On November 9th, France joined this list of countries, when French Minister of Health Marisol Tourraine ended the lifetime ban for gay and bisexual men, authorizing MSMs to donate blood, with the one-year deferral period. This new regulation will be tested during one year, and if no new risks are identified, MSMs will be allowed to donate their blood under the same conditions as the rest of the population. Although French Health Ministers had been announcing that they wanted to end the discriminatory banfor more than ten years, they hadn’t been able to do it do to an HIV contaminated blood transfusion that took place in the 1980s. The health crisis that occurred because of this event brought the Prime Minister and the Minister of Health before the High Court of Republic for the first time in French history, making the topic a taboo matter in the government. Read More
A colleague, Aliza Glasner, recently asked a fundamental question about the move towards food labeling that not only tells you about what nutrients are in the food, but also provide warnings about unhealthy food: What is healthy food? What is unhealthy food?
That got me thinking. What about people for whom “healthy” is not the same as for most people, certainly most Americans, two-thirds of whom are overweight or obese? What is healthy for people who are underweight or even anorexic, and need more food, not less? How might food labels that seek to deter the central American eating problem, eating too much not particularly healthy food, affect them?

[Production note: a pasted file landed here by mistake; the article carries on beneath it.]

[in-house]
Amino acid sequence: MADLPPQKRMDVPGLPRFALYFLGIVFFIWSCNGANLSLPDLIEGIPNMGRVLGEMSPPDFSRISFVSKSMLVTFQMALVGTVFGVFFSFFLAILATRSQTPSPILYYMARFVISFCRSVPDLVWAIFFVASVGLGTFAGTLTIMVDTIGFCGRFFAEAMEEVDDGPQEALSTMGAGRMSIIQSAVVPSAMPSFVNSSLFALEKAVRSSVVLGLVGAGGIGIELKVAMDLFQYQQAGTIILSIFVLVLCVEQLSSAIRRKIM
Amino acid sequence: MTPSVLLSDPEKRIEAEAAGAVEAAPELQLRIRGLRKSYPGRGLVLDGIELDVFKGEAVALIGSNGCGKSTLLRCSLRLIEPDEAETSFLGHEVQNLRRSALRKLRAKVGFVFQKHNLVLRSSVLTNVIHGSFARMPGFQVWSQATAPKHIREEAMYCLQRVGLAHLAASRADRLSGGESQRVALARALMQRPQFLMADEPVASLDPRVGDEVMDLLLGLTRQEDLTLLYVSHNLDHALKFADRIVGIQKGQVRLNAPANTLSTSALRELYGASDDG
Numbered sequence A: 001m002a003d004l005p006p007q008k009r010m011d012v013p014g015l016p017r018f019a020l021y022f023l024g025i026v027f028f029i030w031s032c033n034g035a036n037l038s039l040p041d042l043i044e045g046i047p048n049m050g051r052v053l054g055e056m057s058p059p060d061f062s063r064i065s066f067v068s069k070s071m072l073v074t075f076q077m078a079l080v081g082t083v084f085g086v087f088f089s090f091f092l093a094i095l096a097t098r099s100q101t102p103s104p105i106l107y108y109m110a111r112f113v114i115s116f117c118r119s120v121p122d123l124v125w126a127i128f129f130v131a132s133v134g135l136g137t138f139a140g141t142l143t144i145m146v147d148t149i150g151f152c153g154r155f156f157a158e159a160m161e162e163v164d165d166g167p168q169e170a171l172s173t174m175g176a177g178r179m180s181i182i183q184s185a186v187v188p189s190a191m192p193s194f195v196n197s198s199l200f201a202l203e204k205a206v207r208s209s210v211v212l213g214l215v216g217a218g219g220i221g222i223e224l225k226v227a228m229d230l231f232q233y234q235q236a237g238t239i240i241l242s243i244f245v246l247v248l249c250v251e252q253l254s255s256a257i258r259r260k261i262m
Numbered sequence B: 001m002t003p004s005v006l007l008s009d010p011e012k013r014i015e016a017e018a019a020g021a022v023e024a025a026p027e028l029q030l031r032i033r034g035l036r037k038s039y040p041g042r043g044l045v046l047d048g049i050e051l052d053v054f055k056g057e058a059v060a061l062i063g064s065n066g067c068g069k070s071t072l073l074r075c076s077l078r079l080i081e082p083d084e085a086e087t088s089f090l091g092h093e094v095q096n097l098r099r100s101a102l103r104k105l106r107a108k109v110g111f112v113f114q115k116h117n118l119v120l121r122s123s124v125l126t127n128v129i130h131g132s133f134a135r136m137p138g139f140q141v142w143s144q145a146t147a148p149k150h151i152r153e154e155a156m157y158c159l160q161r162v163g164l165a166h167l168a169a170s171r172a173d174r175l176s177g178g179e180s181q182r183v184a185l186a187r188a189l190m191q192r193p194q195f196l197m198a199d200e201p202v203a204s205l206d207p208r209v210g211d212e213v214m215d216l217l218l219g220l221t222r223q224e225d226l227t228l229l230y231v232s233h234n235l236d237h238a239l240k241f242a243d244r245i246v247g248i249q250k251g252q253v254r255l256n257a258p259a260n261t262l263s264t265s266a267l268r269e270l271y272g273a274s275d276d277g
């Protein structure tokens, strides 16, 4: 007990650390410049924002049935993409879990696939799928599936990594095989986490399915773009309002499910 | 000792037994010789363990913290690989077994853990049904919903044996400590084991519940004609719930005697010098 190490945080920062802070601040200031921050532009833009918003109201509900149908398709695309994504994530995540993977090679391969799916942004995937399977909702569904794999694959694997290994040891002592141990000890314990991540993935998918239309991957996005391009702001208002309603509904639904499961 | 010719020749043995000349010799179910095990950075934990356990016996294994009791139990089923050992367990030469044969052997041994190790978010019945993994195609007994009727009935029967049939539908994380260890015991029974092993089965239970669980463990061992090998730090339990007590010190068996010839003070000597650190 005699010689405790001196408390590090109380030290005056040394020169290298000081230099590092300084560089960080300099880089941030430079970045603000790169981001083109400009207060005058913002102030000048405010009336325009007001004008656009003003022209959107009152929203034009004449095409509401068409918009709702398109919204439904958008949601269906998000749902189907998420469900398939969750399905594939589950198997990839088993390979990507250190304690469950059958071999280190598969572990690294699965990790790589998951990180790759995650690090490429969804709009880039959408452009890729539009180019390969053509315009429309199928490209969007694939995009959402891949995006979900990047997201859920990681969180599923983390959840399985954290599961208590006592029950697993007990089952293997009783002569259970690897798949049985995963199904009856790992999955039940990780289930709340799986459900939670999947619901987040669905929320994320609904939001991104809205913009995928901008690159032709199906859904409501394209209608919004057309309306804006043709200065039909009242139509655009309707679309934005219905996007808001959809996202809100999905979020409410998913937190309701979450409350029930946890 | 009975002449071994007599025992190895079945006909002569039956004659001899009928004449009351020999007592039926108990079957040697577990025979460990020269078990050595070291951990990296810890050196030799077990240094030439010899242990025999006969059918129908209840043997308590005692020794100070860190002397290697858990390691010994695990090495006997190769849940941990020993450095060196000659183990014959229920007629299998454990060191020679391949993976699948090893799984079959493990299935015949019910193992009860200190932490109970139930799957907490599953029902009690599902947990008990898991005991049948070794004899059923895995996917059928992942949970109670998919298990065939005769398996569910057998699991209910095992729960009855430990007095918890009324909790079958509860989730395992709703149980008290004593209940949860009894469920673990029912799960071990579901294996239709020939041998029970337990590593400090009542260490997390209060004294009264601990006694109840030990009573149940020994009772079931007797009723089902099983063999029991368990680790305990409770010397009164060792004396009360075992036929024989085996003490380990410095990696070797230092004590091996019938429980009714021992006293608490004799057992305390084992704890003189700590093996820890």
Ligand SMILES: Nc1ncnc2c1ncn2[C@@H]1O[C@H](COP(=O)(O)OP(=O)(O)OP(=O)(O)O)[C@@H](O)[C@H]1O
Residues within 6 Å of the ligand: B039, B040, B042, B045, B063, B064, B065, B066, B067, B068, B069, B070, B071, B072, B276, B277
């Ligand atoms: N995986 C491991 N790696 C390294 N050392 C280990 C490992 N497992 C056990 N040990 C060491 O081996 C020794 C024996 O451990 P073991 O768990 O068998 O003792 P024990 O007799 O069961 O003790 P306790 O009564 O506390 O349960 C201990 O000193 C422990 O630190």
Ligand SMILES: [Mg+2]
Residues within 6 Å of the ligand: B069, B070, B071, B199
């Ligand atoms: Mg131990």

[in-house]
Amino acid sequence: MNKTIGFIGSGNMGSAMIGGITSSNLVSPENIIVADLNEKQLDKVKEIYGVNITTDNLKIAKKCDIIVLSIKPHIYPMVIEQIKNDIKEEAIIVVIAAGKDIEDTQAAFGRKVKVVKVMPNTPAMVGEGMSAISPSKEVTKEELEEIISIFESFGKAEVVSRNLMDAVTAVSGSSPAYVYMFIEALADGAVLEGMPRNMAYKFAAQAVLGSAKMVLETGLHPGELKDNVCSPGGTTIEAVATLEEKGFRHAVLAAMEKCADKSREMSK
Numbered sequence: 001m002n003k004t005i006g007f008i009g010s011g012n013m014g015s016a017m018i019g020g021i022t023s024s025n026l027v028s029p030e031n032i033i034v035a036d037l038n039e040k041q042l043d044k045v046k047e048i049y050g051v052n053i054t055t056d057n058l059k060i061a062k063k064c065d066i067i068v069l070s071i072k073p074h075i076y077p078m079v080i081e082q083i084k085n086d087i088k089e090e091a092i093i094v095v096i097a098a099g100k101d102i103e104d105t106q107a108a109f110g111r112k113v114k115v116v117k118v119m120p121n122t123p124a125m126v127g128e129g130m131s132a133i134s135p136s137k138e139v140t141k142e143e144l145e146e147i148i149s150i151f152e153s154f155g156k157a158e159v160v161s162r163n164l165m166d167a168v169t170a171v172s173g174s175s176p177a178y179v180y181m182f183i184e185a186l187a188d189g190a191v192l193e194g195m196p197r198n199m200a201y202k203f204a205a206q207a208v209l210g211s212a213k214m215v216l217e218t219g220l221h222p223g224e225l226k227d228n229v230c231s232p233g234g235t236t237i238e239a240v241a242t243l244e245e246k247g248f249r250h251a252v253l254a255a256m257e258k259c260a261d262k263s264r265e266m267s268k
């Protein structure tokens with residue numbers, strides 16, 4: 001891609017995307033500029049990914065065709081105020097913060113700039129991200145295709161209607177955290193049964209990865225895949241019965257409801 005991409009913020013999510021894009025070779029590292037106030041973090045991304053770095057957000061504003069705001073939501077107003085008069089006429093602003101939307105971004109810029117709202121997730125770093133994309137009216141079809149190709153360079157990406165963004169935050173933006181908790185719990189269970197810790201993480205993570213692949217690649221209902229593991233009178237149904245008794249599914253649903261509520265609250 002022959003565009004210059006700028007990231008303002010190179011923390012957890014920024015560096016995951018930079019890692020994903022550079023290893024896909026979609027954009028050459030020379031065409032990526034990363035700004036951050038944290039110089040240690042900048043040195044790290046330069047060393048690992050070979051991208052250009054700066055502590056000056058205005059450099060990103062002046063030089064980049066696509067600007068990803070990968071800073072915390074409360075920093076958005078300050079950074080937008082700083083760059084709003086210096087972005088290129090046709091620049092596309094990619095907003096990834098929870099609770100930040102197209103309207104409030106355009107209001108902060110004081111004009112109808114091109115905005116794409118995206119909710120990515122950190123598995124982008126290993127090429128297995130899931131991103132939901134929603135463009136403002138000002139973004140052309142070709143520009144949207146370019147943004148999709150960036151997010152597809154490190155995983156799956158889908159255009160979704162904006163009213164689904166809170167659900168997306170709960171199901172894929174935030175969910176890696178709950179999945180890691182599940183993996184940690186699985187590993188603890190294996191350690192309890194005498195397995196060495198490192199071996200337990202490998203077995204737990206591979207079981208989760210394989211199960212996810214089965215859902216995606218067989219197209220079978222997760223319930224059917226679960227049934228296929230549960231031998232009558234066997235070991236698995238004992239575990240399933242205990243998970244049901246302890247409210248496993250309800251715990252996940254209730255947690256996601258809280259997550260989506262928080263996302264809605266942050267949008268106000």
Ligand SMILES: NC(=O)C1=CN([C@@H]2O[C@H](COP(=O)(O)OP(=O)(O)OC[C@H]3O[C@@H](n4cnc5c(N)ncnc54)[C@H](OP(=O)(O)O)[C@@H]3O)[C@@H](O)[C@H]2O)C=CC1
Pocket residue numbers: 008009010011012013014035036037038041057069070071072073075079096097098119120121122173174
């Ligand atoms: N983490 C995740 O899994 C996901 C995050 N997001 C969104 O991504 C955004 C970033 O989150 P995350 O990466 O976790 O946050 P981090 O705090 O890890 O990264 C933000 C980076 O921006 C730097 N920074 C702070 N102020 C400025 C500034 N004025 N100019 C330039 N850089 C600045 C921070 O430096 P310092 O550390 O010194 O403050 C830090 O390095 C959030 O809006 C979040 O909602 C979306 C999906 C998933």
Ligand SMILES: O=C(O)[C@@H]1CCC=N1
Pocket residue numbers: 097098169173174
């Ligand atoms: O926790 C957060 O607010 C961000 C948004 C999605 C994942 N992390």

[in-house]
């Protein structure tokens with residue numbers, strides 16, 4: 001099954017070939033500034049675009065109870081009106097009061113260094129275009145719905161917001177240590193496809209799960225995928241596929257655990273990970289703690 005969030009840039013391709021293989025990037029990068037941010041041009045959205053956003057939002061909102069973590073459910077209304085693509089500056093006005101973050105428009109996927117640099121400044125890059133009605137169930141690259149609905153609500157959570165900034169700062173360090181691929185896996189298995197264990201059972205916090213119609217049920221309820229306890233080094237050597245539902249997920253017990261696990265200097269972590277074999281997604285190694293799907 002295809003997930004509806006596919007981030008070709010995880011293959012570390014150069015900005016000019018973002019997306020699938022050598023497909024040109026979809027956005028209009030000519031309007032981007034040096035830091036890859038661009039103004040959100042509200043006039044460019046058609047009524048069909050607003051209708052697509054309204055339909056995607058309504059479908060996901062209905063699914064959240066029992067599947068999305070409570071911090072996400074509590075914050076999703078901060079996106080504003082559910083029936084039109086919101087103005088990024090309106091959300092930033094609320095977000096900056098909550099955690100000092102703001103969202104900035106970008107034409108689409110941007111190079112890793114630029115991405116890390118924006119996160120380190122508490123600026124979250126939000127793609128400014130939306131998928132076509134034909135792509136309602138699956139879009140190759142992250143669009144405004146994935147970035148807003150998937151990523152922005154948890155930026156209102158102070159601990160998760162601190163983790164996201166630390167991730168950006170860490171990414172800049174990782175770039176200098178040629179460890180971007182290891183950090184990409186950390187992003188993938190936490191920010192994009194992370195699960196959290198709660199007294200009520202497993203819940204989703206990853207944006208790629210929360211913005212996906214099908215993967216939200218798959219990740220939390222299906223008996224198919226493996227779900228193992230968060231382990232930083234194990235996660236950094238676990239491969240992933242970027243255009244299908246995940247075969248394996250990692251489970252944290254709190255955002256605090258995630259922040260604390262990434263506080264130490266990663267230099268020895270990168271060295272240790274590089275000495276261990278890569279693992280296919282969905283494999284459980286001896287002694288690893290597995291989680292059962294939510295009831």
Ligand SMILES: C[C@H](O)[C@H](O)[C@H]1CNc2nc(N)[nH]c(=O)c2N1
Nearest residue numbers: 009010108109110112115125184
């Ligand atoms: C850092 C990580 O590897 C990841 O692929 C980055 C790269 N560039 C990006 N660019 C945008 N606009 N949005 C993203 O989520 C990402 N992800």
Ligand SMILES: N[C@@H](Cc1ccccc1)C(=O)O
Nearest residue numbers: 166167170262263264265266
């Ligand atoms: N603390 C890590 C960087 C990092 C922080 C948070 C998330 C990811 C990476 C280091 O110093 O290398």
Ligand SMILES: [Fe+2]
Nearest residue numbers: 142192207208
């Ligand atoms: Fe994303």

Several countries have recently required nutrition labels to rate foods, making clear – such as through warnings, color coding (e.g., red for danger), or a star system – which foods have high levels of nutrients that are considered unhealthy at those levels. Chile, with the first such law, in 2012, will require that labels for foods that exceed certain levels of calories, saturated fat, sugar, and sodium include the appropriate warning inside a stop sign. Other such food warning labeling schemes, both mandatory and voluntary, are getting underway.